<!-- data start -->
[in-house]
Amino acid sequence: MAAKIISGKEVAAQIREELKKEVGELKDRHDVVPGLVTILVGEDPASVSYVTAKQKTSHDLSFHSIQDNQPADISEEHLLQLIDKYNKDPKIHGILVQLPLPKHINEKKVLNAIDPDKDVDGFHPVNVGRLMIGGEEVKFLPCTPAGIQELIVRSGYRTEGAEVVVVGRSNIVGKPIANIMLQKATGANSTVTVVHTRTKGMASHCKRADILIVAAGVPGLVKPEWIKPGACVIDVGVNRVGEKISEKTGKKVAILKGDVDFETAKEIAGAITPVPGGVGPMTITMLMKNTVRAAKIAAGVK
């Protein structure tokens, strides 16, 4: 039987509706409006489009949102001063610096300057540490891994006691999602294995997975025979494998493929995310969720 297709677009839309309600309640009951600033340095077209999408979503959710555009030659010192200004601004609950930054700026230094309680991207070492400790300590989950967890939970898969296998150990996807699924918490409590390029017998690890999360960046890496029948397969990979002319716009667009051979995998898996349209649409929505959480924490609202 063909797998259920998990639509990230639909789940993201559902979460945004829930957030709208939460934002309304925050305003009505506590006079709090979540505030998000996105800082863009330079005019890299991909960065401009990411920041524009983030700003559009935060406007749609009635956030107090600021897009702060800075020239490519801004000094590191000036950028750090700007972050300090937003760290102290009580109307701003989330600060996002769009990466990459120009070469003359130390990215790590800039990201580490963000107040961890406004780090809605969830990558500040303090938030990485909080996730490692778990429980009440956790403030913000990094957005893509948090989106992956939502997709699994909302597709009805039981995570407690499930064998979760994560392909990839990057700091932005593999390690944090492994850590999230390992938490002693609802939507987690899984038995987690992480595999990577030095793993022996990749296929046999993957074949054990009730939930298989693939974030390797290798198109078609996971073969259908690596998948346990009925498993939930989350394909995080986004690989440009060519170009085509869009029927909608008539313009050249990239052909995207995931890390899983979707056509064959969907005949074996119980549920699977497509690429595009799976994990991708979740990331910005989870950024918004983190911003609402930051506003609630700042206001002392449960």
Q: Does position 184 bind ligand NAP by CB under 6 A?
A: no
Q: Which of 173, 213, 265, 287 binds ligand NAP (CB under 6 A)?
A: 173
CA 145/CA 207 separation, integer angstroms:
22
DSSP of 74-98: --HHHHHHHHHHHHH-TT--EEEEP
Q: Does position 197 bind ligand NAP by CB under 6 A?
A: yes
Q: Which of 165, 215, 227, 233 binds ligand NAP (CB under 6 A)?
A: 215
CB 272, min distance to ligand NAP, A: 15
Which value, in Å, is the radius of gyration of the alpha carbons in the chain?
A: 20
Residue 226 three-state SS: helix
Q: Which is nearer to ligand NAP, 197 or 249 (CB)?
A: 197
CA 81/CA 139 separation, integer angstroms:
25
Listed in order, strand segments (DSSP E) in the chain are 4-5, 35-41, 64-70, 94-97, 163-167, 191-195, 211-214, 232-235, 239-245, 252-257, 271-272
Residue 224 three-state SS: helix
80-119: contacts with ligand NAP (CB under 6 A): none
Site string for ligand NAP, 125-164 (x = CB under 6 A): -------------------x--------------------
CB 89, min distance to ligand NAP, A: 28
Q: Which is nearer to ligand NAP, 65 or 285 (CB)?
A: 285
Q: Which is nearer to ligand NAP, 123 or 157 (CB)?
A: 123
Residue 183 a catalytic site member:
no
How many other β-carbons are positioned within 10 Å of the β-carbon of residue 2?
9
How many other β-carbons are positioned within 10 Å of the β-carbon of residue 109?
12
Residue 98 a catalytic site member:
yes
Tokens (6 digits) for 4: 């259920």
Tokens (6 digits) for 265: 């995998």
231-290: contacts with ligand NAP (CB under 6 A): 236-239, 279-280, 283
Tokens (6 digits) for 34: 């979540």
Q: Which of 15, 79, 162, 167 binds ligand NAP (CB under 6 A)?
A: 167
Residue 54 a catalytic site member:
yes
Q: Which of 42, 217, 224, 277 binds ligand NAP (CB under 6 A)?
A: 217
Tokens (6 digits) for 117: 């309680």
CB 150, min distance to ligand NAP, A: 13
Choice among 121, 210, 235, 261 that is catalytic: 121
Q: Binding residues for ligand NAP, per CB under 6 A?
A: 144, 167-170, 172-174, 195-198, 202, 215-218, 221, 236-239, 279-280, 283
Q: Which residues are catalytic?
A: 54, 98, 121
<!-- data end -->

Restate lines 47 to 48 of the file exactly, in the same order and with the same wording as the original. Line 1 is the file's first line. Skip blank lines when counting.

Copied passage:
yes
Q: Which of 42, 217, 224, 277 binds ligand NAP (CB under 6 A)?